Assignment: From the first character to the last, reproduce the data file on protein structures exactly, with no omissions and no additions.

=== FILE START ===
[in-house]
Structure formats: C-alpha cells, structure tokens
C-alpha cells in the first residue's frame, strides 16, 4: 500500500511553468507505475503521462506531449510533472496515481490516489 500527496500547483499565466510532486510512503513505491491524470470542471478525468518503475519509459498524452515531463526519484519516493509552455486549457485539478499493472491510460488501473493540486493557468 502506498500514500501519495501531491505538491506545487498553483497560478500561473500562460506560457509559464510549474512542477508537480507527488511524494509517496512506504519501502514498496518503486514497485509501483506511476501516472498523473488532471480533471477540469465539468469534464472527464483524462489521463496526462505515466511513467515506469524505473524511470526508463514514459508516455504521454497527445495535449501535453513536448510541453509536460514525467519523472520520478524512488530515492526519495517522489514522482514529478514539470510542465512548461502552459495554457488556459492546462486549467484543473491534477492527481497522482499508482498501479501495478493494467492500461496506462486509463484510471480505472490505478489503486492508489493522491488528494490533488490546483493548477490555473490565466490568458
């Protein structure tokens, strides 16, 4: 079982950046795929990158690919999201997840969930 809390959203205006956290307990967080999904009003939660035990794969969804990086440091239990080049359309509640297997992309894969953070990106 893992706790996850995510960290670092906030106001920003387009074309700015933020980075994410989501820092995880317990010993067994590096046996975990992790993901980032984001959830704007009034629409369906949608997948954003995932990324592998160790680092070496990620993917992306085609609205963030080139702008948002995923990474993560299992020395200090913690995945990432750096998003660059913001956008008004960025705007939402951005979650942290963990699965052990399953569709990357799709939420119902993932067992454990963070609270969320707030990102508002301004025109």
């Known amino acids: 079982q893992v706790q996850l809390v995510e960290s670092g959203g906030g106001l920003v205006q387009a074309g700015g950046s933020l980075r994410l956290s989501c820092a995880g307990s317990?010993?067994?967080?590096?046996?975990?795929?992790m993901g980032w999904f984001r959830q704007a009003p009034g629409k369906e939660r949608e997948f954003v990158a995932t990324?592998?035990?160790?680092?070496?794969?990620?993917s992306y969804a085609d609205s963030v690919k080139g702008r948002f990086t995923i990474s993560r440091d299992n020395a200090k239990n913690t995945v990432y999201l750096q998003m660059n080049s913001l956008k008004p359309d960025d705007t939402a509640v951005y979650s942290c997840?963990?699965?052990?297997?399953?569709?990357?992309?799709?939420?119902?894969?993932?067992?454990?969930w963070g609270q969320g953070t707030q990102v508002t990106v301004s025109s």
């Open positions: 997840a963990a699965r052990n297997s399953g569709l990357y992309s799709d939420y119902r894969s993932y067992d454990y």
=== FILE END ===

[in-house]
Structure formats: C-alpha cells, structure tokens
C-alpha cells in the first residue's frame, strides 16, 4: 500500500511553468507505475503521462506531449510533472496515481490516489 500527496500547483499565466510532486510512503513505491491524470470542471478525468518503475519509459498524452515531463526519484519516493509552455486549457485539478499493472491510460488501473493540486493557468 502506498500514500501519495501531491505538491506545487498553483497560478500561473500562460506560457509559464510549474512542477508537480507527488511524494509517496512506504519501502514498496518503486514497485509501483506511476501516472498523473488532471480533471477540469465539468469534464472527464483524462489521463496526462505515466511513467515506469524505473524511470526508463514514459508516455504521454497527445495535449501535453513536448510541453509536460514525467519523472520520478524512488530515492526519495517522489514522482514529478514539470510542465512548461502552459495554457488556459492546462486549467484543473491534477492527481497522482499508482498501479501495478493494467492500461496506462486509463484510471480505472490505478489503486492508489493522491488528494490533488490546483493548477490555473490565466490568458
């Protein structure tokens, strides 16, 4: 079982950046795929990158690919999201997840969930 809390959203205006956290307990967080999904009003939660035990794969969804990086440091239990080049359309509640297997992309894969953070990106 893992706790996850995510960290670092906030106001920003387009074309700015933020980075994410989501820092995880317990010993067994590096046996975990992790993901980032984001959830704007009034629409369906949608997948954003995932990324592998160790680092070496990620993917992306085609609205963030080139702008948002995923990474993560299992020395200090913690995945990432750096998003660059913001956008008004960025705007939402951005979650942290963990699965052990399953569709990357799709939420119902993932067992454990963070609270969320707030990102508002301004025109």
């Known amino acids: 079982q893992v706790q996850l809390v995510e960290s670092g959203g906030g106001l920003v205006q387009a074309g700015g950046s933020l980075r994410l956290s989501c820092a995880g307990s317990?010993?067994?967080?590096?046996?975990?795929?992790m993901g980032w999904f984001r959830q704007a009003p009034g629409k369906e939660r949608e997948f954003v990158a995932t990324?592998?035990?160790?680092?070496?794969?990620?993917s992306y969804a085609d609205s963030v690919k080139g702008r948002f990086t995923i990474s993560r440091d299992n020395a200090k239990n913690t995945v990432y999201l750096q998003m660059n080049s913001l956008k008004p359309d960025d705007t939402a509640v951005y979650s942290c997840?963990?699965?052990?297997?399953?569709?990357?992309?799709?939420?119902?894969?993932?067992?454990?969930w963070g609270q969320g953070t707030q990102v508002t990106v301004s025109s």
């Open positions: 997840a963990a699965r052990n297997s399953g569709l990357y992309s799709d939420y119902r894969s993932y067992d454990y």